The founder and CEO of technology giant Baidu sparked controversy last week during a talk with attendees at one of China's largest economic forums. During his comments, Robin Li explained that mainland internet users are less concerned about issues of privacy than others across the globe. The reaction online inside the country was immediate and mostly negative.
Li was speaking at the China Development Forum, an annual economic event this year held in Beijing. The forum aims to bring together government policymakers and many of the wealthiest and most influential people in business world. When the issue of data protection came up — especially prominent since the disclosure of Facebook's recent struggles — Li said, in part:
I think that the Chinese people are more open, or not so sensitive, about the privacy issue. If they are able to exchange privacy for convenience or efficiency, they are willing to do so in many cases...[We will] make the use of data beneficial to data owners and make them willing to grant the right to use it.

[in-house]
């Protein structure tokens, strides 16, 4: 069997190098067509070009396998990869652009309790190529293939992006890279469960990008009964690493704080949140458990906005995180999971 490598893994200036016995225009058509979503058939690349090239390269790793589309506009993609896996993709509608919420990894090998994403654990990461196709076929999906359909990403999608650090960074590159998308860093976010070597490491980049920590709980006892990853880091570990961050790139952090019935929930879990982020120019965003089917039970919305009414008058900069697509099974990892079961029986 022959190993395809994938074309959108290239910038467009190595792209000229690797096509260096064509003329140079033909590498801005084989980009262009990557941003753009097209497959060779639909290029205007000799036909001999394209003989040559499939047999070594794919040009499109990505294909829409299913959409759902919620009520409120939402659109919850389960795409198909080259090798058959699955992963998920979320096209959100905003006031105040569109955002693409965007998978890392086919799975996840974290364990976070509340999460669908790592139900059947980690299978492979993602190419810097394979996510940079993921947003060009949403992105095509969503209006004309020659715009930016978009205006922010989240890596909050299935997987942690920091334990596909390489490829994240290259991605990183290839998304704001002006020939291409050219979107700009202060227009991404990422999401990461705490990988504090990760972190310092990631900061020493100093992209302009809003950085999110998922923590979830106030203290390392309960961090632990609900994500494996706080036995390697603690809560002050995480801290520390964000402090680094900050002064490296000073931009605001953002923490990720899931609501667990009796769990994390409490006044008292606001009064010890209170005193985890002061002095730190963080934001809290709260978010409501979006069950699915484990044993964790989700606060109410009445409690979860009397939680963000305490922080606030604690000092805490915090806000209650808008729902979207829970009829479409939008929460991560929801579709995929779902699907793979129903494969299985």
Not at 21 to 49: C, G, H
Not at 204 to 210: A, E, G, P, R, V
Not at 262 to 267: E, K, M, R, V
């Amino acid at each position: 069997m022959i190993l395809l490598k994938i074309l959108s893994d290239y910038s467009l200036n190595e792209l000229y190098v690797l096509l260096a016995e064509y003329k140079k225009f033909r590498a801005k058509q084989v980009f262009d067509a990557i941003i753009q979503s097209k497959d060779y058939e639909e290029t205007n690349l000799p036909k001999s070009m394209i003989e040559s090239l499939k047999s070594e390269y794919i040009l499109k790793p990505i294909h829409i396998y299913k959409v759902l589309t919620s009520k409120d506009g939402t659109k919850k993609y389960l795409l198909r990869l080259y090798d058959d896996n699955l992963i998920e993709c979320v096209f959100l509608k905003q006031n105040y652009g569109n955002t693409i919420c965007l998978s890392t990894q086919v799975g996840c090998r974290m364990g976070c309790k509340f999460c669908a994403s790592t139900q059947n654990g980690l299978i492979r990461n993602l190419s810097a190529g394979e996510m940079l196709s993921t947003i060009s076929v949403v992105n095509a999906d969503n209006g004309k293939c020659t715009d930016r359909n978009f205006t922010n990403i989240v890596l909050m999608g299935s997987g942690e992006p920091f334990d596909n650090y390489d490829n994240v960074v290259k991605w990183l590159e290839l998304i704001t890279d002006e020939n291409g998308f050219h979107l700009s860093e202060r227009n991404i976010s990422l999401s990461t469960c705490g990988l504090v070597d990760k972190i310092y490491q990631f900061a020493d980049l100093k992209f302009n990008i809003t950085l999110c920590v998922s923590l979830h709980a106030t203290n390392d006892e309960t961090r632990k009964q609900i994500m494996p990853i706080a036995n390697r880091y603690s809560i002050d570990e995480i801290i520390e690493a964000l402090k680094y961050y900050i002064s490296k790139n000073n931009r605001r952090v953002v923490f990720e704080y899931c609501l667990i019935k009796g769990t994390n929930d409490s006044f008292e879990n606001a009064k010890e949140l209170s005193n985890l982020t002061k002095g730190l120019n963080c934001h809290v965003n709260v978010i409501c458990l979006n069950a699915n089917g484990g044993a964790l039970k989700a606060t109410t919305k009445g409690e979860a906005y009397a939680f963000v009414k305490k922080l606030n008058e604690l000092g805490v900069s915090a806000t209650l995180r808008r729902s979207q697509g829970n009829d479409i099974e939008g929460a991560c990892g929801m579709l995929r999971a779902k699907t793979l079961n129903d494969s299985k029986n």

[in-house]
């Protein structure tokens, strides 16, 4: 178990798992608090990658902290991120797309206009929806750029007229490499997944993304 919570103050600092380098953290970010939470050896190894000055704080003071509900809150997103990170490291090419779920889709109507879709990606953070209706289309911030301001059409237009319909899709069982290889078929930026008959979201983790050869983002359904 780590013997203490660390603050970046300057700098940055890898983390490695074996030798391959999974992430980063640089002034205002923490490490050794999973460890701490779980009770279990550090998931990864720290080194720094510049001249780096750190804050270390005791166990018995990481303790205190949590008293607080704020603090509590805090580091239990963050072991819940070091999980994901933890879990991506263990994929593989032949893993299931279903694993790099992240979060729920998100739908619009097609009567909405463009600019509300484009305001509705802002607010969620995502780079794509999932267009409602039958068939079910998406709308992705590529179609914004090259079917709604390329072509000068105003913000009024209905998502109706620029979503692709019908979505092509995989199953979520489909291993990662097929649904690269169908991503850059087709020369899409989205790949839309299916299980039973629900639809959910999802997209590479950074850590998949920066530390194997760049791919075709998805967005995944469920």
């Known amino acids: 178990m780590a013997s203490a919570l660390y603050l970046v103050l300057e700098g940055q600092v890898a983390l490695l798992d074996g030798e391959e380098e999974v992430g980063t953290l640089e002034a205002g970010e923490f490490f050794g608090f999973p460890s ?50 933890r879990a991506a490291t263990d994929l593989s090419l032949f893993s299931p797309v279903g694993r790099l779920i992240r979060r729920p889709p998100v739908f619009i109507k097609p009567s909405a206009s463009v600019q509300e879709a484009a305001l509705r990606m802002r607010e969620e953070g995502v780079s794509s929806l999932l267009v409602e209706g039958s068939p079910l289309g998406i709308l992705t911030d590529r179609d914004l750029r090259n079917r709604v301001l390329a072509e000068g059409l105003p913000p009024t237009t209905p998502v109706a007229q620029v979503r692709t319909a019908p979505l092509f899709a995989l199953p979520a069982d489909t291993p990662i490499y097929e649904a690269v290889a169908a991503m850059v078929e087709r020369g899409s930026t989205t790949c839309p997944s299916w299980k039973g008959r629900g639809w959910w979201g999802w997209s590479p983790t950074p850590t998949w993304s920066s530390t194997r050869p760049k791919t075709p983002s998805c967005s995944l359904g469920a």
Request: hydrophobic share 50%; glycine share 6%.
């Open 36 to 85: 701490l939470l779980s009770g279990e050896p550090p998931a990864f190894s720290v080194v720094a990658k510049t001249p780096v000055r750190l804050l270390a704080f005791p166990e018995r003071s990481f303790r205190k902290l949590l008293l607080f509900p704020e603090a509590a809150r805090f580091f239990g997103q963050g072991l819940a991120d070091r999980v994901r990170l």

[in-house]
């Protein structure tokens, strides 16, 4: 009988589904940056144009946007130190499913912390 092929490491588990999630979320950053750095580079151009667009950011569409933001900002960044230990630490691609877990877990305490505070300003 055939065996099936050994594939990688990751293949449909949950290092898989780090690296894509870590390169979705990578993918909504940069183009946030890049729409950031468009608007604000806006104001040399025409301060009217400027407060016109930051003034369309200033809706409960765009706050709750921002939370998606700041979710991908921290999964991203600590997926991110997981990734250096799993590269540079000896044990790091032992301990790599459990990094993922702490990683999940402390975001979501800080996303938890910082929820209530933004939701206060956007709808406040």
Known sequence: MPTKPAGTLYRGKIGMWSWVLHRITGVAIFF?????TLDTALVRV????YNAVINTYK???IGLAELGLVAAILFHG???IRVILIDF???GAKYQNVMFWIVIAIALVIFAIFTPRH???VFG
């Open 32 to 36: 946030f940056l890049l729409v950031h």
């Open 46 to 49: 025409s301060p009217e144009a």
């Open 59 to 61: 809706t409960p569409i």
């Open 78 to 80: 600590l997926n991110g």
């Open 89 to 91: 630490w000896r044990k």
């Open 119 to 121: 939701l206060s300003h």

In a country where computer and mobile applications like WeChat are omnipresent and access tens, if not hundreds, of millions of users' data daily, Li's comments struck a nerve. Online message boards lit up with derisive comments. One of the more popular related posts on microblogging service Weibo read, "It is a great sorrow that such a person is regarded as a key opinion leader in his industry".
According to a report published by state media outlet People's Net, other netizens labeled Li's assertions "shameless", "cheeky", "despicable" and "nonsense". But despite the outpouring of negative remarks and the ensuing weeklong online conversation, internet privacy advocates in China face an uphill battle.
The country's big three technology companies, Baidu, Alibaba, and Tencent — often simply referred to together as 'BAT' — work closely with Beijing. All three corporations are currently testing and fine-tuning their own 'social credit' systems. When fully implemented in 2020, these government-initiated ranking programs will use big data analytics to assign a 'score' for every Chinese citizen.
Results will be based on criteria spanning five broad categories — compliance, security, wealth, shopping, and social connections. Online spending habits, search histories, interactions with other netizens, debt management and other factors will be used to rank China's 1.3 billion citizens. Although details remain murky, those with low scores could face restricted travel options, less-desirable job opportunities and limited access to loans and lines of credit, among other penalties.© Copyright 2005-2018 GoKunming.com all rights reserved. This material may not be republished, rewritten or redistributed without permission.